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Training Tips

Fuel your marathon! Tips on carbo-loading

21-04-2015

Everyone has probably heard of carbo-loading and its benefits for marathon running but it can still be an art to get this right!

WHY CARBO LOAD?

Your glycogen levels will stock up by reducing your training as you taper but it is also key to take in more carbohydrates closer to race day.

Your body will rely on its glycogen stores to keep going in the latter half of the race, without this fuel to burn, you’ll start to feel depleted and low on energy – you’ll hit the dreaded the wall!

IMG 20150413 203554Pic shows 'Ten Minute Tomato Pasta' made following the recipe in Deliciously Ella's cookbook

HOW TO DO IT...

You can eat relatively normally up to three days before the race. Then, begin increasing your carb intake at meal times, having slightly extra pasta for instance and having carb rich meals for both lunch and dinner, for example pasta salad for lunch and a chicken risotto for dinner.

You should also snack on carbohydrates between meals eg by eating bananas, rice cakes or an energy bar.

Keep meals healthy and nutritious and avoid rich sauces or foods that could irritate your stomach, particularly the night before the race (probably best to leave the curry until post-race!). You don’t need to stuff yourself until you feel uncomfortable each time you eat! The aim is to feel stocked up on race morning.

During your training, you should have got into the habit of having a carb-heavy meal the night before your long run. So the night before the race, stick to what you have eaten before. My pre-marathon meal is always spaghetti bolognese.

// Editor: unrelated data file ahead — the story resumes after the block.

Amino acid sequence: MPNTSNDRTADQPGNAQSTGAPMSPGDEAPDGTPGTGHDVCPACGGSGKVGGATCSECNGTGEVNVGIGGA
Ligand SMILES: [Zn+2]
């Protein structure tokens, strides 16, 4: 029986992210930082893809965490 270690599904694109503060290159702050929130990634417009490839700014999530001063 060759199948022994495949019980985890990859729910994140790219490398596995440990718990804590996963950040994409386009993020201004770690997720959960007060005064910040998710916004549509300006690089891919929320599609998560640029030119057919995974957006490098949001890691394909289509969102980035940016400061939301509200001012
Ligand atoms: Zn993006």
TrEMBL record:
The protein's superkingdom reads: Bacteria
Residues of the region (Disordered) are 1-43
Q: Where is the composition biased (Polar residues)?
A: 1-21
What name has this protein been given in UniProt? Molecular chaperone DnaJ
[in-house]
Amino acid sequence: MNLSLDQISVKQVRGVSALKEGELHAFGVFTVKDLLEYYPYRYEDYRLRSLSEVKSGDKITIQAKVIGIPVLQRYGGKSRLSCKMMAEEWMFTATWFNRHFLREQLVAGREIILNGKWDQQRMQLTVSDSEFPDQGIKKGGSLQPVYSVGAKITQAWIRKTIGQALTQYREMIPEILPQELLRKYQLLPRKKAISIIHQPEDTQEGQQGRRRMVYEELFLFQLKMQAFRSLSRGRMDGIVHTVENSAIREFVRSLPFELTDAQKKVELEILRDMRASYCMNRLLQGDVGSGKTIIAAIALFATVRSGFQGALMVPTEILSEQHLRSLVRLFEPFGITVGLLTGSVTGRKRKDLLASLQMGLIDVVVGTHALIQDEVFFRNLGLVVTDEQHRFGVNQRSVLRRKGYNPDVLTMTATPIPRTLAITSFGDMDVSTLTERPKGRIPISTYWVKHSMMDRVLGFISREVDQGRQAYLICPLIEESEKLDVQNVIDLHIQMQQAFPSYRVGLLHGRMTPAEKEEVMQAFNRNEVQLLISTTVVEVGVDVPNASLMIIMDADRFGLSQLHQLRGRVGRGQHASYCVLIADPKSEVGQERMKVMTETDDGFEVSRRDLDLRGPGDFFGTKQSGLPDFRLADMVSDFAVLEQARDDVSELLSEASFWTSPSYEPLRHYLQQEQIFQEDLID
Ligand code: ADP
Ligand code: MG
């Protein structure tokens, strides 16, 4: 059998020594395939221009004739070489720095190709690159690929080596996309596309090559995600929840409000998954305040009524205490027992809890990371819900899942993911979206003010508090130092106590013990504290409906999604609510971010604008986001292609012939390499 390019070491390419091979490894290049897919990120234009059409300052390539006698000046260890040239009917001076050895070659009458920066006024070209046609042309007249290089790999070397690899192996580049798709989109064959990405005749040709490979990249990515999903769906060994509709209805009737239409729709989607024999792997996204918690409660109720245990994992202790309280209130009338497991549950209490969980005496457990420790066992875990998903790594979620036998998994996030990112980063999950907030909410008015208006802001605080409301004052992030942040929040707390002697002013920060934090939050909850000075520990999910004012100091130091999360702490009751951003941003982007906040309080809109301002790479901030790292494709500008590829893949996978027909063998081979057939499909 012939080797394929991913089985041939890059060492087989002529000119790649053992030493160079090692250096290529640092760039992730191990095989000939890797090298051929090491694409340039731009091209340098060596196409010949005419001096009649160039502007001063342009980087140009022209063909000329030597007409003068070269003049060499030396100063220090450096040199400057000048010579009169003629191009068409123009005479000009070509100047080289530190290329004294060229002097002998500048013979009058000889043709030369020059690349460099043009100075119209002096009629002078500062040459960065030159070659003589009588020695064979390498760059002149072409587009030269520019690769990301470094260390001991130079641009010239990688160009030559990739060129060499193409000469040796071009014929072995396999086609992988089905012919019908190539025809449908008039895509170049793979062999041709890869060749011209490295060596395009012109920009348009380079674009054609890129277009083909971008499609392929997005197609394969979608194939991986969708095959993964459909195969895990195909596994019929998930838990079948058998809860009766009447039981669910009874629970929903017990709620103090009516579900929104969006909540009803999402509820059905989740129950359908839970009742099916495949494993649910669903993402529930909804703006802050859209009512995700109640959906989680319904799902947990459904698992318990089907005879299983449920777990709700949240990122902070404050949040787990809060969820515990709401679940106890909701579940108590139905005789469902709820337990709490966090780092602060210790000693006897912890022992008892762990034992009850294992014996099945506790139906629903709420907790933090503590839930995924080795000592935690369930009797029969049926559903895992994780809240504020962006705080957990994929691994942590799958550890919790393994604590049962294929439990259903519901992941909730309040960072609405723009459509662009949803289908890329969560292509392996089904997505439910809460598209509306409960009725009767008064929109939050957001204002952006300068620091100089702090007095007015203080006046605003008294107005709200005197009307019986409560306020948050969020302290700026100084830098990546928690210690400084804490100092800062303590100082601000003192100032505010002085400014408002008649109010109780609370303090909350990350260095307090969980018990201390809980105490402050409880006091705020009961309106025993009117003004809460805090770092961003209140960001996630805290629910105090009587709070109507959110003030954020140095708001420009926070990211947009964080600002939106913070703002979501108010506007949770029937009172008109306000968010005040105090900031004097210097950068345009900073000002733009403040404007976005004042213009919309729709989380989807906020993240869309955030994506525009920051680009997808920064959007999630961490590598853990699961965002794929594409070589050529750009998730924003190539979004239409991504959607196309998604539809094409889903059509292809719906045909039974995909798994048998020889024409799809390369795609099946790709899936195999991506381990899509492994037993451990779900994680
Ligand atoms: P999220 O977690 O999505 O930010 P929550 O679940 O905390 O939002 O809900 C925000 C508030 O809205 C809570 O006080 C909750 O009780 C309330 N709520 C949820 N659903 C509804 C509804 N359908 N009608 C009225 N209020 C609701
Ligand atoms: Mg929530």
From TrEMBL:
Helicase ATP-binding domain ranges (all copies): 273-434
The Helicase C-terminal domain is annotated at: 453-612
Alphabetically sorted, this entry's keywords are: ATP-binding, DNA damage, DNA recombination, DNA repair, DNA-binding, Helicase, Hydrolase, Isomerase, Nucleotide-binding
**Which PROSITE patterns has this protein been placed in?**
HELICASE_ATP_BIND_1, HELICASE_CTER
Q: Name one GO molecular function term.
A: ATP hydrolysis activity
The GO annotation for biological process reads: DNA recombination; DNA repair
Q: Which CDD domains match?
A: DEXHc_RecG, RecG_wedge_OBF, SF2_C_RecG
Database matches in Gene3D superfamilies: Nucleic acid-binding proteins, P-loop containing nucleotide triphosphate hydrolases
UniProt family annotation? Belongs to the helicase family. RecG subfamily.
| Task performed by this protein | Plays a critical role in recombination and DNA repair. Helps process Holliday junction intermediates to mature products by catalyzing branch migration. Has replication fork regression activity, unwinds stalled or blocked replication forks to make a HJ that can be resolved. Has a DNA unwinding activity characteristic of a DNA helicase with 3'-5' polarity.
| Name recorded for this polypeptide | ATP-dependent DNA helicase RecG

RACE DAY BREAKFAST

On the morning of the race, don’t experiment by doing anything new! Race day is all about keeping a routine and you will feel more in control by sticking to familiar habits that you know work for you.

Eat your usual marathon or race day breakfast as you have practised before training. This should be eaten at least three hours before the race starts. Under no circumstances should you miss breakfast as this final topping up of energy stores is vital for the race in a few hours. A breakfast should be substantial, but not too heavy, and needs to be eaten - even if nerves mean food is the last thing you feel like!

A suitable breakfast could be porridge (though I personally find this too heavy before a marathon), three or four slices of toast with jam (my preference), or cereal followed by toast. A fry up is probably too much!

You may wish to top up with something like a bit of a ripe banana or a bit of energy bar within this three hour time slot - this should be a small amount so it can digest in time. That said, to our amusement, Susan Partridge and myself saw an elite Japanese athlete guzzling cake on the bus to the start line at the London Marathon in 2013! I would never recommend this but it shows you should stick with what works for you!

Good luck to everyone running the London Marathon this weekend!